ENERGY: A study will be conducted in the current financial year to establish the feasibility of extending the pipeline to Morogoro, Mwanza, Mbeya and Arusha
Dar es Salaam. The Tanzania Petroleum Development Corporation (TPDC) is conducting a study with a view to extending the Mtwara-Dar es Salaam natural gas pipeline to other regions.
The study – to be conducted within the current financial year – targets to establish the feasibility of extending the pipeline to Morogoro, Mwanza, Mbeya and Arusha, the TPDC acting director general, Mr Kapuulya Musomba told BusinessWeek last week.
The study will be conducted in cooperation with the Ministry of Energy and Minerals and Japan International Cooperation Agency (Jica).
“The ultimate goal is to ensure that the pipeline serves other regions as well but we will start with the four regions first,” he said, declining to reveal the actual amount to be spent on the study.
TPDC, the Ministry of Energy and Minerals and Jica are currently preparing groundwork that will help them in identifying the right people to undertake the job (the study).
The study seeks to establish how the pipeline can be utilised to extend electricity networks across the country to stimulate industrialisation.
The construction of the $1.22 billion pipeline began in 2012 from Mtwara and Songo Songo to Dar es Salaam and was completed last year.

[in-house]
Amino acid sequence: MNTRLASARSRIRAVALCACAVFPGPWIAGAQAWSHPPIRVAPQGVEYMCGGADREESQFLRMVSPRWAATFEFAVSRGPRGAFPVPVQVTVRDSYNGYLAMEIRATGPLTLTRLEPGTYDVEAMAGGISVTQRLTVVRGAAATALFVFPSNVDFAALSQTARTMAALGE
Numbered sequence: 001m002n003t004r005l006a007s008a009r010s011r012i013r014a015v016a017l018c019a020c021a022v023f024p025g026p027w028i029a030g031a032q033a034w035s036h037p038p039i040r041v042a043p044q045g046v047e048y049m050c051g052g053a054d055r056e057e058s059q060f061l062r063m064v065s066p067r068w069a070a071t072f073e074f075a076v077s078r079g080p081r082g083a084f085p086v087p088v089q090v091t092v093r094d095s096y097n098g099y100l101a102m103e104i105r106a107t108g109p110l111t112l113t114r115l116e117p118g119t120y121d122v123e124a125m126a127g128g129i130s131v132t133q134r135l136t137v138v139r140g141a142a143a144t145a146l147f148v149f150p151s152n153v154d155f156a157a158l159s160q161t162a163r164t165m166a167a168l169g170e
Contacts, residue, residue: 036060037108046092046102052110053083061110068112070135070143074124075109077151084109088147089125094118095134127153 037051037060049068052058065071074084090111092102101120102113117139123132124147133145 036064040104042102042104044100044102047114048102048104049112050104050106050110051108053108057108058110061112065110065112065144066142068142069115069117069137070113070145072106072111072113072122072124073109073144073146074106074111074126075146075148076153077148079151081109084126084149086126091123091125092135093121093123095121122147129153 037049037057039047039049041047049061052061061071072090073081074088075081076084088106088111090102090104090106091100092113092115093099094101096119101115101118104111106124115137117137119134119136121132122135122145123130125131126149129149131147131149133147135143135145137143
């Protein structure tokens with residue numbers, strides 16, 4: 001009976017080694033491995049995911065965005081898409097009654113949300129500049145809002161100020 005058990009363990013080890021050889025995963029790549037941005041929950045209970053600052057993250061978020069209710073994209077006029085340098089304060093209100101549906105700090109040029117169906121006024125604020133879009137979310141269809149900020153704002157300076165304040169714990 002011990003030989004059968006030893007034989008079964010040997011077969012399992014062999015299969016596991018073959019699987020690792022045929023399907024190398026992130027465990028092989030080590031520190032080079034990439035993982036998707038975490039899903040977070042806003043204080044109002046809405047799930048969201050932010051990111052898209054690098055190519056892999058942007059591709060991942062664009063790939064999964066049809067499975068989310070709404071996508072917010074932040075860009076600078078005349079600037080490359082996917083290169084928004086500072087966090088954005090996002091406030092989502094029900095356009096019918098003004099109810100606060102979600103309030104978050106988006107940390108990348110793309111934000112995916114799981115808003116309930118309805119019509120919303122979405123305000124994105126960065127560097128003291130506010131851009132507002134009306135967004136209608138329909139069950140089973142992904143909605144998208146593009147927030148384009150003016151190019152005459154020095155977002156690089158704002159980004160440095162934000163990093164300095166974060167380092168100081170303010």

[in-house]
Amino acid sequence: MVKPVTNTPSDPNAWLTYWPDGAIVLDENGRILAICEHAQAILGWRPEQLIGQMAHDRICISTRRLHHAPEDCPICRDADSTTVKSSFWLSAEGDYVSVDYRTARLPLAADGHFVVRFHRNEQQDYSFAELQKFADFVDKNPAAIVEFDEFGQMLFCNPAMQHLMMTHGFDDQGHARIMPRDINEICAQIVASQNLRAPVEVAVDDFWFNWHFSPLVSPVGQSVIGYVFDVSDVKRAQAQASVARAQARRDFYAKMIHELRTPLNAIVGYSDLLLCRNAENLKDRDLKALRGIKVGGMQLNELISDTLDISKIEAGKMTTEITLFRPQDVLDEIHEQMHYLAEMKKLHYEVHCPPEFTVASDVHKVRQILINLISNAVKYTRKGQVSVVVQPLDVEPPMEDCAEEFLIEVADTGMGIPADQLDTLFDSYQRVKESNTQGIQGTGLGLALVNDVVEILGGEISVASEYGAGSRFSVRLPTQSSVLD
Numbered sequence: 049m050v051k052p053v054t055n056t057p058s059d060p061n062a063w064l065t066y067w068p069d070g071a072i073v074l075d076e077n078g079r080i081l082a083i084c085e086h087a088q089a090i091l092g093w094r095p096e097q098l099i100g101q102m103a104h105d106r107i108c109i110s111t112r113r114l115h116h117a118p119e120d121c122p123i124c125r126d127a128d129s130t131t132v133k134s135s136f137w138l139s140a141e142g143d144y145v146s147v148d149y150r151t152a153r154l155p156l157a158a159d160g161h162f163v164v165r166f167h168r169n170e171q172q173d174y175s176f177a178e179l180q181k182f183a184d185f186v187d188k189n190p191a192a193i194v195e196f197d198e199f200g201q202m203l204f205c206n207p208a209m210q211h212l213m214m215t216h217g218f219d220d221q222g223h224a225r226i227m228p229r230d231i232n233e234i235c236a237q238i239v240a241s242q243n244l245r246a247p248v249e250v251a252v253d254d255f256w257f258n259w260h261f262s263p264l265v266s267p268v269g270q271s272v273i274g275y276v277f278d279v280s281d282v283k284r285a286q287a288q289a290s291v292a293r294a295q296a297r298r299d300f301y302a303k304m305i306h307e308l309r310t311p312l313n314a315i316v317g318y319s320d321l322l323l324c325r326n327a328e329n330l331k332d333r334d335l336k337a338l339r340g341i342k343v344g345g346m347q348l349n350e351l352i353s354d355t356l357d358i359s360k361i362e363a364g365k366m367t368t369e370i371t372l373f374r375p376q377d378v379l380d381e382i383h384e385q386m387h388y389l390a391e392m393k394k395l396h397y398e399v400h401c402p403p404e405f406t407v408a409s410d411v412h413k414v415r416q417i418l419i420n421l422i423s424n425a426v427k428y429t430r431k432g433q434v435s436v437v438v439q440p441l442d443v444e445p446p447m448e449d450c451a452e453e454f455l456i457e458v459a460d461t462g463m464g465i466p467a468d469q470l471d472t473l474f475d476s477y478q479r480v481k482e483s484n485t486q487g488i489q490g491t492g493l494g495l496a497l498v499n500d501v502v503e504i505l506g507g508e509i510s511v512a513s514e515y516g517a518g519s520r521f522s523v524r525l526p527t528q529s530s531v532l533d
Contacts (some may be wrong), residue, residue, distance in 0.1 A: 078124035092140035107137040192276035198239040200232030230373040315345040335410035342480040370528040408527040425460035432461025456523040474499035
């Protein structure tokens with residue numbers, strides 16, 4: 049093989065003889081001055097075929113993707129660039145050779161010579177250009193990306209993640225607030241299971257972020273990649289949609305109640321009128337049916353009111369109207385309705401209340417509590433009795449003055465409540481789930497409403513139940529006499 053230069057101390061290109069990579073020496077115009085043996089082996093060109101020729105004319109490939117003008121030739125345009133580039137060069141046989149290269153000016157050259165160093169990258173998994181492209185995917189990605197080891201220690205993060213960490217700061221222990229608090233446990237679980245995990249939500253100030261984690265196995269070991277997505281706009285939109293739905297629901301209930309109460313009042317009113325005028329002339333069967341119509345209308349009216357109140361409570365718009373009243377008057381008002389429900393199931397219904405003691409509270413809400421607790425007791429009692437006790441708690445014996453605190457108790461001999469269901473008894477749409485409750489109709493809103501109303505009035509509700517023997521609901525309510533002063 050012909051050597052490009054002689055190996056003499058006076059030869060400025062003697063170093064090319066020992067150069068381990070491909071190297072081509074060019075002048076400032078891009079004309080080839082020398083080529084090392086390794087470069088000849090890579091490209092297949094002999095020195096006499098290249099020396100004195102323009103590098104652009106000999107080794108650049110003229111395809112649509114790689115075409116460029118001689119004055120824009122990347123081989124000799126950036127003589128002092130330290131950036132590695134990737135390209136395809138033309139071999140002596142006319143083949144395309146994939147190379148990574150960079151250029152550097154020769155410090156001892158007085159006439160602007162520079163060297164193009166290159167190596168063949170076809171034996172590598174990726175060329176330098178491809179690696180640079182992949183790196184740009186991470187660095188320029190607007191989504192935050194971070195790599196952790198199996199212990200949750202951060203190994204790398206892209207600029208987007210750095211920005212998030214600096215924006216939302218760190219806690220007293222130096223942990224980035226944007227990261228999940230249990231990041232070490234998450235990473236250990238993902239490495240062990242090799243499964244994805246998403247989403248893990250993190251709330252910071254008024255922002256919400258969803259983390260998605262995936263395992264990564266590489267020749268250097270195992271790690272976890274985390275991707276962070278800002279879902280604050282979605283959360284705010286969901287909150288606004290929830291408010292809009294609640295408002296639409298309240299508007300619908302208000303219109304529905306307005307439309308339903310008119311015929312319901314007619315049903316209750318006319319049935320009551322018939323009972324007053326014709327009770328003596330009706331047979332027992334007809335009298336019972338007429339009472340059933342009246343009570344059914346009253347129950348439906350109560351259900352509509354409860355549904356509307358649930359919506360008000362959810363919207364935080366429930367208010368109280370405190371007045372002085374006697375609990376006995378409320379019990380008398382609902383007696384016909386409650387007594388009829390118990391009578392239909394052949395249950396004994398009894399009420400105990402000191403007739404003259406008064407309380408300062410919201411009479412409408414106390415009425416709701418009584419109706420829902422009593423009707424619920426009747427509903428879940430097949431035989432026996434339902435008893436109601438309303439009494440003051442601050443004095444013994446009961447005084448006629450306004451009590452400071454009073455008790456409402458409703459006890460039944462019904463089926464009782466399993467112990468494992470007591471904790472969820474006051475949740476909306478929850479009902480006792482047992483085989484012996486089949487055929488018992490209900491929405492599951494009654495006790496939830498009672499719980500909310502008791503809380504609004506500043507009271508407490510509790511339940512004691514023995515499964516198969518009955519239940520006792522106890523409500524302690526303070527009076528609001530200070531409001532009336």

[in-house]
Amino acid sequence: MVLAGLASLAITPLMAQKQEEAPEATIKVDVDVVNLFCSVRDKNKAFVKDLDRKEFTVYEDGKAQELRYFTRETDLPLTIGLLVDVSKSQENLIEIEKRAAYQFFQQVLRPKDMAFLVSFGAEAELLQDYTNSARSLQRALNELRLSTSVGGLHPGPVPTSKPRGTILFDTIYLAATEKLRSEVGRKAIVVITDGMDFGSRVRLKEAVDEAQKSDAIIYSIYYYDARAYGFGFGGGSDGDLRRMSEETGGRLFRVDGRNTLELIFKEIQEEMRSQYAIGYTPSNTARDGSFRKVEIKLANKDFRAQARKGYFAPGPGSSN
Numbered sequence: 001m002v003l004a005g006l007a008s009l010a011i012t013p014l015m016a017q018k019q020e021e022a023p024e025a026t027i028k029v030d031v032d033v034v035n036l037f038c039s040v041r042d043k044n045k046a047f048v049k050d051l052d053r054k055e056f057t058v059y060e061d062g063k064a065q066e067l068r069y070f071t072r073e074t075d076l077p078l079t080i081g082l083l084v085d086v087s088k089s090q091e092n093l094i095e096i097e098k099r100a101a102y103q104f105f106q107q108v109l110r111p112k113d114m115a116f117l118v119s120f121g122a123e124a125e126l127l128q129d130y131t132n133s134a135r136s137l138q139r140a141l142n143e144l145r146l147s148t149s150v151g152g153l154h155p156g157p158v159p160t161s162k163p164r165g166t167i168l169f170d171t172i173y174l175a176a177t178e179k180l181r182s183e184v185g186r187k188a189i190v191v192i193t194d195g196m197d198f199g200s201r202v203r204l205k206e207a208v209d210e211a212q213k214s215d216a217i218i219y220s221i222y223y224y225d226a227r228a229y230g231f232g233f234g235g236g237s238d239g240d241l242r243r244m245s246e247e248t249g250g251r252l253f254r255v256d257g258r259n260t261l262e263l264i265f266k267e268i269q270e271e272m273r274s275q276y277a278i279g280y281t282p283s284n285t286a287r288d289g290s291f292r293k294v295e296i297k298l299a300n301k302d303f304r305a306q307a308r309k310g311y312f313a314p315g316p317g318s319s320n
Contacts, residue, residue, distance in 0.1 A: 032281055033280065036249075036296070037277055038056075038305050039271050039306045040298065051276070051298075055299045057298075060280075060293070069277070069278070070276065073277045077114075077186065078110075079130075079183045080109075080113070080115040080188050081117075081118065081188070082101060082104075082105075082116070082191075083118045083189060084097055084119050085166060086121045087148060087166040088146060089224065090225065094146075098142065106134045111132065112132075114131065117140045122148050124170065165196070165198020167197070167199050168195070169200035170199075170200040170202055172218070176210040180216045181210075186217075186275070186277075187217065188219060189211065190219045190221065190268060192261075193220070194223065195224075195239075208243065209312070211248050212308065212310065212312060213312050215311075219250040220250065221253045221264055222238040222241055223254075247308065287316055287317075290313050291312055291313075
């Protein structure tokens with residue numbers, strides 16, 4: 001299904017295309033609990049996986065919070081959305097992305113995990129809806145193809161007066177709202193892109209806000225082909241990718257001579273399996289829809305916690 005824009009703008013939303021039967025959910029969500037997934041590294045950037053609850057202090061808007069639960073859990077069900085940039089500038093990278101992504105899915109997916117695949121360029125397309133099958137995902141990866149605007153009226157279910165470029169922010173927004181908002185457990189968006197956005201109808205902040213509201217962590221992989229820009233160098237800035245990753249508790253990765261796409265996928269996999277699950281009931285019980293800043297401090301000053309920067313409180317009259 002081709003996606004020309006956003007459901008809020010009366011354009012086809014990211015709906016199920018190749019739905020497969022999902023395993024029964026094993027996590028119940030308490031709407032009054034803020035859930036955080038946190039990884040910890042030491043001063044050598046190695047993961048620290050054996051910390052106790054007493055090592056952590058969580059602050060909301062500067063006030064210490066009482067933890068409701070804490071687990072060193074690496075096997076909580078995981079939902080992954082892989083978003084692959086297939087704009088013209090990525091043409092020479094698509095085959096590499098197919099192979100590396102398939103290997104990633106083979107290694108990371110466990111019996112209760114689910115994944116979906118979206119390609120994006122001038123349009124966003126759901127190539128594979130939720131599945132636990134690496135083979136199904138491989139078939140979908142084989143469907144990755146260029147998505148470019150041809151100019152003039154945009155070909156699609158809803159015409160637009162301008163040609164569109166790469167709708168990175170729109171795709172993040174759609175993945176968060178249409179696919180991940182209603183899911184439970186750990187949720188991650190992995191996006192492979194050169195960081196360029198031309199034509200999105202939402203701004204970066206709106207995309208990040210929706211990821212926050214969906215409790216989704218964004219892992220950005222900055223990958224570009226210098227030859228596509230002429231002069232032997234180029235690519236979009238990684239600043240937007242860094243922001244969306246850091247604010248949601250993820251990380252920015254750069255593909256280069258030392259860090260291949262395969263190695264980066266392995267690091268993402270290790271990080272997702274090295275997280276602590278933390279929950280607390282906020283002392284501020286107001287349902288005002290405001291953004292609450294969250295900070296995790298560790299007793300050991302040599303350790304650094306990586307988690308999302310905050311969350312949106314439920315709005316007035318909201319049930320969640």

Its construction, together with gas processing plants at Madimba and Songo Songo Islands, are part of a plan to add about 2,000 megawatts of new gas-fired electricity generating power.
Currently, the 542-km gas pipeline is managed by Gas Supply Company Limited (Gasco) and benefits Mtwara, Lindi and Dar es Salaam regions only.
Its full capacity will however be reached by 2022 where most of the gas-fired plants will have been completed.
Currently, the gas pipeline is underutilised due to delays in the implementation of the gas-fired power plants.
Last year, the government launched a project to construct a plant that will generate 240 MW of power in what is commonly known as Kinyerezi II. The project – which will cost $432 million – is part of the several ventures in the endeavour to ensure that the gas pipeline is utilised.
Other gas-fired power projects include Kinyerezi III and IV. Upon completion of the projects, Tanzania will save up to $1 billion annually on oil imports for electricity generation.
TPDC is also planning to set up a $150 million to 200 million mega plant to enable the transportation of the natural gas to large-scale industries and households.
Mr Musomba said the completion of the pipeline will open opportunities of encouraging economic growth by connecting industries with reliable energy.
The African Development Bank (AfDB) will finance the project.